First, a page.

SSSS SJS TEN
Age of typical patient
  • Children < 6 years
  • Adults
  • Adults
Etiology
  • Adverse drug reaction (Infectious etiologies exist but are less common)
  • Adverse drug reaction (Infectious etiologies exist but are less common)
Clinical features
  • Sloughing of skin, Nikolsky's sign
  • Mucous membrane involvement
  • Typically < 10% of total body surface area
  • Sloughing of skin, Nikolsky's sign
  • ≥ 2 mucous membranes involved
  • > 30% of total body surface area
Biopsy

References:[3][8]

The differential diagnoses listed here are not exhaustive.

Treatment

  • Hospital admission
    • Necessary in most cases
    • Isolation recommended
    • Severe cases may be treated in the burn unit or intensive care unit.
    • Outpatient treatment is possible in older children who are eating and drinking well and have minimal skin involvement.
  • IV antibiotics
  • Supportive care
    • Fluid rehydration as indicated
    • Supportive skin care: emollients; , covering denuded areas
    • NSAIDs as indicated for pain and fever

Steroids are contraindicated, as the etiology of SSSS is infectious! (They are, however, indicated in SJS and TEN.)

References:[1][5][7][9]

Complications

The complications faced by SSSS patients are similar to those of patients with burns, as both have a compromised skin barrier:

  • Fluid and electrolyte imbalances
  • Thermal dysregulation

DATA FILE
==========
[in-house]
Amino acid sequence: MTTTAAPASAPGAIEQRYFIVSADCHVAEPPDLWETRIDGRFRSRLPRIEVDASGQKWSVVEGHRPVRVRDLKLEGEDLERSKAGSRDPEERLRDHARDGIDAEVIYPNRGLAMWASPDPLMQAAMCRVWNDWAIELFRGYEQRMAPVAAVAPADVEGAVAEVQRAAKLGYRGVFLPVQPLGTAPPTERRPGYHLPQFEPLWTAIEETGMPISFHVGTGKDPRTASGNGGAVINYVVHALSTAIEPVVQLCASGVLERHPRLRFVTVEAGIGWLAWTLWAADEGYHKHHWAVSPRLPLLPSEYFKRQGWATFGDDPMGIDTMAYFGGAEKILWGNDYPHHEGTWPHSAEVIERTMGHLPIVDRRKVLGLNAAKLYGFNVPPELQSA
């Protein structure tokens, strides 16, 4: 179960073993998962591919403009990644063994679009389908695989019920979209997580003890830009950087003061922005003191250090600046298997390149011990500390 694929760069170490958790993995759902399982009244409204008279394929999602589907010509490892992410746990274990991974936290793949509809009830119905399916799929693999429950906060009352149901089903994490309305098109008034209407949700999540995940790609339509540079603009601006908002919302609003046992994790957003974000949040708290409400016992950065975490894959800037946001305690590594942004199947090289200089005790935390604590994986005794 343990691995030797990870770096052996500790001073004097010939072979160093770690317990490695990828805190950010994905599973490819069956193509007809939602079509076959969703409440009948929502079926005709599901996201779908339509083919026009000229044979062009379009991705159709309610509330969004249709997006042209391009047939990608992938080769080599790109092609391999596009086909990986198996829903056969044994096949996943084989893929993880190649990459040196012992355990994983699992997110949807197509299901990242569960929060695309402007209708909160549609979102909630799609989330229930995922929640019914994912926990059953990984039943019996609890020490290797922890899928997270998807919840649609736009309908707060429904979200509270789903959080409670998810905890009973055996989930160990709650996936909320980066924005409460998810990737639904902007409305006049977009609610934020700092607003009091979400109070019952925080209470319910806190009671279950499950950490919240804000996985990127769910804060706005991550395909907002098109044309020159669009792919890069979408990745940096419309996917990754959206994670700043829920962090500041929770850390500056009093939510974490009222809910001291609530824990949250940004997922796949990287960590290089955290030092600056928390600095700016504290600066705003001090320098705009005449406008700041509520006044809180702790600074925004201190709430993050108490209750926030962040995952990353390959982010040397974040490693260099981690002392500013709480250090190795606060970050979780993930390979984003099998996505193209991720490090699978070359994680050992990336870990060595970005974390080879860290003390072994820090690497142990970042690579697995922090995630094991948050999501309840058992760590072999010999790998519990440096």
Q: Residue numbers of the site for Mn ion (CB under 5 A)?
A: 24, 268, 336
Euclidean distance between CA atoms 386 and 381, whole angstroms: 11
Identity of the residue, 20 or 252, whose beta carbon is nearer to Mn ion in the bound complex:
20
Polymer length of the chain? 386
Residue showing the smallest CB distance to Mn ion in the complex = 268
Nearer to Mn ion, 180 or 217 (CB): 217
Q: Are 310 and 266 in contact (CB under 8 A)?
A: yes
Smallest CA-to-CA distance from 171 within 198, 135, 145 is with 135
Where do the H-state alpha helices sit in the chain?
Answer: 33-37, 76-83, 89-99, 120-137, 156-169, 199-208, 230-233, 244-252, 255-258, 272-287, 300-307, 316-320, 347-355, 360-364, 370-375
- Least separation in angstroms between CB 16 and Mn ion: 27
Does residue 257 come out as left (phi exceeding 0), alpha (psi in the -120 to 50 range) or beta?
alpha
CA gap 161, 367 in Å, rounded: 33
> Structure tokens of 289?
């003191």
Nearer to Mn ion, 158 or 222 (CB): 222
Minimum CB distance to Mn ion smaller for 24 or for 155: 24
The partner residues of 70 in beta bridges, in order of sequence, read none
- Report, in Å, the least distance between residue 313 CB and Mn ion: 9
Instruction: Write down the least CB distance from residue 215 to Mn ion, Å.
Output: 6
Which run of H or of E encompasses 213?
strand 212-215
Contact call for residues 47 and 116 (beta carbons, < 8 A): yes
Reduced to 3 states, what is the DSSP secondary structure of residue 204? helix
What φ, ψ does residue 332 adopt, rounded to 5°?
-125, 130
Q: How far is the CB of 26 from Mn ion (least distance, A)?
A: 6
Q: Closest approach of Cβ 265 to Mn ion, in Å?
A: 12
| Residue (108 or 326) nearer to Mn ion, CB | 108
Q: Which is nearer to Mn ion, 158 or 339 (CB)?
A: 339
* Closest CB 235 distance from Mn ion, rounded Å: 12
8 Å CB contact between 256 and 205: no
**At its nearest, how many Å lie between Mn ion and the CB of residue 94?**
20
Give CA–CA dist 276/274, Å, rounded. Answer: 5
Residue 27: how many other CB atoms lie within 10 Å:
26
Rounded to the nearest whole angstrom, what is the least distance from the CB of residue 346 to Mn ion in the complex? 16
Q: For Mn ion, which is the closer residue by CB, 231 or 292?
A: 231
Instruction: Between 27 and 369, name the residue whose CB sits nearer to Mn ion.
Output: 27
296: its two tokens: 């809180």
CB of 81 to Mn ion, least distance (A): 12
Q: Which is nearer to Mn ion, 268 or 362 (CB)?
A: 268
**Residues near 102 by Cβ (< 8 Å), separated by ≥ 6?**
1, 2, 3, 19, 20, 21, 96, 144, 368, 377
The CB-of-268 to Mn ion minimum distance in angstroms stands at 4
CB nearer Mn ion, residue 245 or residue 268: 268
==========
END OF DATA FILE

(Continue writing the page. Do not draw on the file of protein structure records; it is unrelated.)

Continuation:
• Secondary infections (e.g., pneumonia, sepsis)

References:[8]

We list the most important complications. The selection is not exhaustive.

Prognosis

References:[7][10]

  • 1. King RW. Staphylococcal Scalded Skin Syndrome. In: Staphylococcal Scalded Skin Syndrome. New York, NY: WebMD. http://emedicine.medscape.com/article/788199-overview. Updated June 15, 2016. Accessed May 4, 2017.
  • 2. Le T, Bhushan V, Chen V, King M. First Aid for the USMLE Step 2 CK. McGraw-Hill Education; 2015.
  • 3. Le T, Bhushan V, Sochat M, Petersen M, Micevic G, Kallianos K. First Aid for the USMLE Step 1 2014. McGraw-Hill Medical; 2014.
  • 4. Yamasaki O, Yamaguchi T, Sugai M. Clinical Manifestations of Staphylococcal Scalded-Skin Syndrome Depend on Serotypes of Exfoliative Toxins. J Clin Microbiol. 2005; 43(4): pp. 1890–1893. doi: 10.1128/JCM.43.4.1890-1893.2005.
  • 5. Garfunkel LC, Kaczorowski J, Christy C. Pediatric Clinical Advisor E-Book: Instant Diagnosis and Treatment. Elsevier Health Sciences; 2007.
  • 6. Ladhani S, Robbie S, Garratt RC, Chapple DS, Joannou CL, Evans RW. Development and Evaluation of Detection Systems for Staphylococcal Exfoliative Toxin A Responsible for Scalded-Skin Syndrome. J Clin Microbiol. 2001; 39(6): pp. 2050–2054. doi: 10.1128/JCM.39.6.2050-2054.2001.
  • 7. Pielop JA. Vesiculobullous and pustular lesions in the newborn. In: Post TW, ed. UpToDate. Waltham, MA: UpToDate. https://www.uptodate.com/contents/vesiculobullous-and-pustular-lesions-in-the-newborn. Last updated March 16, 2016. Accessed May 4, 2017.
  • 8. Le T, Bhushan V, Bagga HS. First Aid for the USMLE Step 2 CK. McGraw-Hill Medical; 2009.
  • 9. hopkinsmedicine.org. Staphylococcal Scalded Skin Syndrome (SSSS) in Children. http://www.hopkinsmedicine.org/healthlibrary/conditions/dermatology/staphylococcal_scalded_skin_syndrome_85,P00316/. Accessed May 4, 2017.
  • 10. Patel GK, Finlay AY. Staphylococcal scalded skin syndrome: diagnosis and management. Am J Clin Dermatol. 2003; 4(3): pp. 165–175. pmid: 12627992.
  • National Organization for Rare Disorders. Staphylococcal Scalded Skin Syndrome. https://rarediseases.org/rare-diseases/staphylococcal-scalded-skin-syndrome/. Accessed May 4, 2017.
last updated 10/19/2018